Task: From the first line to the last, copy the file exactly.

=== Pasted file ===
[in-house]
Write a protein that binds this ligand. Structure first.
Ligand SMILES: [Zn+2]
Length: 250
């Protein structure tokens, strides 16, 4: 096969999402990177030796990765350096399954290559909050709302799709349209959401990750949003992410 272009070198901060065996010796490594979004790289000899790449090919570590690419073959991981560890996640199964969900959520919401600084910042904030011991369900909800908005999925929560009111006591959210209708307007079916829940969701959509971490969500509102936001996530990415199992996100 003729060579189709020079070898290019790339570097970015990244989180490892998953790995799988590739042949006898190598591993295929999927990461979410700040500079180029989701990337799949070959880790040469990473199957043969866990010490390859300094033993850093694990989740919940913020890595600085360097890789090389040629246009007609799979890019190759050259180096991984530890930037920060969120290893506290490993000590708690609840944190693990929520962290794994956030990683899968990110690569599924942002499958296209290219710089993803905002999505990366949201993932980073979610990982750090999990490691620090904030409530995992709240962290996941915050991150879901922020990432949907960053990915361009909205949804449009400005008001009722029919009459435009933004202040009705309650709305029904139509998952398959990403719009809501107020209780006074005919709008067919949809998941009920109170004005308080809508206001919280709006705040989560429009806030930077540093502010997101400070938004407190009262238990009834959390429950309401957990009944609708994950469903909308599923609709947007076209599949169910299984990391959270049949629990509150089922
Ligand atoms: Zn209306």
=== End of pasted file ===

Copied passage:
[in-house]
Write a protein that binds this ligand. Structure first.
Ligand SMILES: [Zn+2]
Length: 250
């Protein structure tokens, strides 16, 4: 096969999402990177030796990765350096399954290559909050709302799709349209959401990750949003992410 272009070198901060065996010796490594979004790289000899790449090919570590690419073959991981560890996640199964969900959520919401600084910042904030011991369900909800908005999925929560009111006591959210209708307007079916829940969701959509971490969500509102936001996530990415199992996100 003729060579189709020079070898290019790339570097970015990244989180490892998953790995799988590739042949006898190598591993295929999927990461979410700040500079180029989701990337799949070959880790040469990473199957043969866990010490390859300094033993850093694990989740919940913020890595600085360097890789090389040629246009007609799979890019190759050259180096991984530890930037920060969120290893506290490993000590708690609840944190693990929520962290794994956030990683899968990110690569599924942002499958296209290219710089993803905002999505990366949201993932980073979610990982750090999990490691620090904030409530995992709240962290996941915050991150879901922020990432949907960053990915361009909205949804449009400005008001009722029919009459435009933004202040009705309650709305029904139509998952398959990403719009809501107020209780006074005919709008067919949809998941009920109170004005308080809508206001919280709006705040989560429009806030930077540093502010997101400070938004407190009262238990009834959390429950309401957990009944609708994950469903909308599923609709947007076209599949169910299984990391959270049949629990509150089922
Ligand atoms: Zn209306």